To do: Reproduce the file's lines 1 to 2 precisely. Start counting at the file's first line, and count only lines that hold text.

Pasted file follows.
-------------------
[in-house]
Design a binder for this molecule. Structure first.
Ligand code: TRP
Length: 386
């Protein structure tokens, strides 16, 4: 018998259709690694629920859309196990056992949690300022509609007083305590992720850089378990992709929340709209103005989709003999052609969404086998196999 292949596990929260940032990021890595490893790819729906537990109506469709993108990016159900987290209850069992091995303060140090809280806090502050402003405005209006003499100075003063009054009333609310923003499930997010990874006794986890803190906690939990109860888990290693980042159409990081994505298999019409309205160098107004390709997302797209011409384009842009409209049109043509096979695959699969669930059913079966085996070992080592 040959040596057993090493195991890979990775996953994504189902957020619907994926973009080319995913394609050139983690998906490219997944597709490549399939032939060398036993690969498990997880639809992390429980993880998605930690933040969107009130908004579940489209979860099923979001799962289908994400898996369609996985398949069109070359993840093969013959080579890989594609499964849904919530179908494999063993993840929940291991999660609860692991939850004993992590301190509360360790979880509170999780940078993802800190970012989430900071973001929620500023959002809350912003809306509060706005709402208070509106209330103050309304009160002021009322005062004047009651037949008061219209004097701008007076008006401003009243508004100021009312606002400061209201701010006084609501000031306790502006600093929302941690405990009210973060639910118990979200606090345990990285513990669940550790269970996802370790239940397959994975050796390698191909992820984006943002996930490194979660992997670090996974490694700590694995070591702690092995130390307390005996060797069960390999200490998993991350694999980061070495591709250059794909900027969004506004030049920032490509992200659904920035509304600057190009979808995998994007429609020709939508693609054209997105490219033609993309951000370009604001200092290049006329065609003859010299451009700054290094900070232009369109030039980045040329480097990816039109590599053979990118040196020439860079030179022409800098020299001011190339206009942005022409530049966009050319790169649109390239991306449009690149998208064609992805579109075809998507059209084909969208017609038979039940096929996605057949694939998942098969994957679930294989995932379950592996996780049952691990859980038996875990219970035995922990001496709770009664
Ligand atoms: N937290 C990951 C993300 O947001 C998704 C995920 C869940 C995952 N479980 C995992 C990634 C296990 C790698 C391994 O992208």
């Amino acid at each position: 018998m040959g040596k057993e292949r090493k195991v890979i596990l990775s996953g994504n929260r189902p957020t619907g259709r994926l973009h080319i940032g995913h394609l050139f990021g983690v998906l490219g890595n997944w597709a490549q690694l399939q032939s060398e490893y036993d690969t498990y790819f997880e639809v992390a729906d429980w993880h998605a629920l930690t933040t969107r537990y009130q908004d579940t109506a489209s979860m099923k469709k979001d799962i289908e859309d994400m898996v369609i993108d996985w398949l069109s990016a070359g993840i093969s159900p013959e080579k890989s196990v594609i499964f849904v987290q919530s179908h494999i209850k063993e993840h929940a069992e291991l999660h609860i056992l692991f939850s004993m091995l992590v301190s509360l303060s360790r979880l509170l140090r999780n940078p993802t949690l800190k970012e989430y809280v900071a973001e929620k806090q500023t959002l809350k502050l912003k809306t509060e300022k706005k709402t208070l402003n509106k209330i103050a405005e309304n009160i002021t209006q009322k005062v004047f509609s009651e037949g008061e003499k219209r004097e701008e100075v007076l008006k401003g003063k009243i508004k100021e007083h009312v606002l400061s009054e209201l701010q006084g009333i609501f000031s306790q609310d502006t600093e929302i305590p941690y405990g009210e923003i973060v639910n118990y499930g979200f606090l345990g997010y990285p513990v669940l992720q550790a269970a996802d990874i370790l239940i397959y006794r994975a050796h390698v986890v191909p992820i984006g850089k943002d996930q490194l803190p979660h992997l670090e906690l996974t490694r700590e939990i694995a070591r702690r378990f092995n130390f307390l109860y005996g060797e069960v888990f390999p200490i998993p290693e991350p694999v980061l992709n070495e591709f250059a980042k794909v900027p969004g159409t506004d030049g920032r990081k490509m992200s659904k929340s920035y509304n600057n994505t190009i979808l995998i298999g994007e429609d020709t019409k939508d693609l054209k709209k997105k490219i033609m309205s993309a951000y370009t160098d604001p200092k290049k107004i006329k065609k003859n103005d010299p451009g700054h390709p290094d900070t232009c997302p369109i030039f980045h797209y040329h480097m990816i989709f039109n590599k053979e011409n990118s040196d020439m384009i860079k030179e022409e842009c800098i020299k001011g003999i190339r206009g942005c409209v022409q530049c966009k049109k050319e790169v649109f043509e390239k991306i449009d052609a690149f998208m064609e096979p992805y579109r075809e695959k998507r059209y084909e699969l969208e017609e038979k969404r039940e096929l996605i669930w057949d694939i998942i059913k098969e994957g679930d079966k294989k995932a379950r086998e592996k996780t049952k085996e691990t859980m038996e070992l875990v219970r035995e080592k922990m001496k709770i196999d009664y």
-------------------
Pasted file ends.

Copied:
[in-house]
Design a binder for this molecule. Structure first.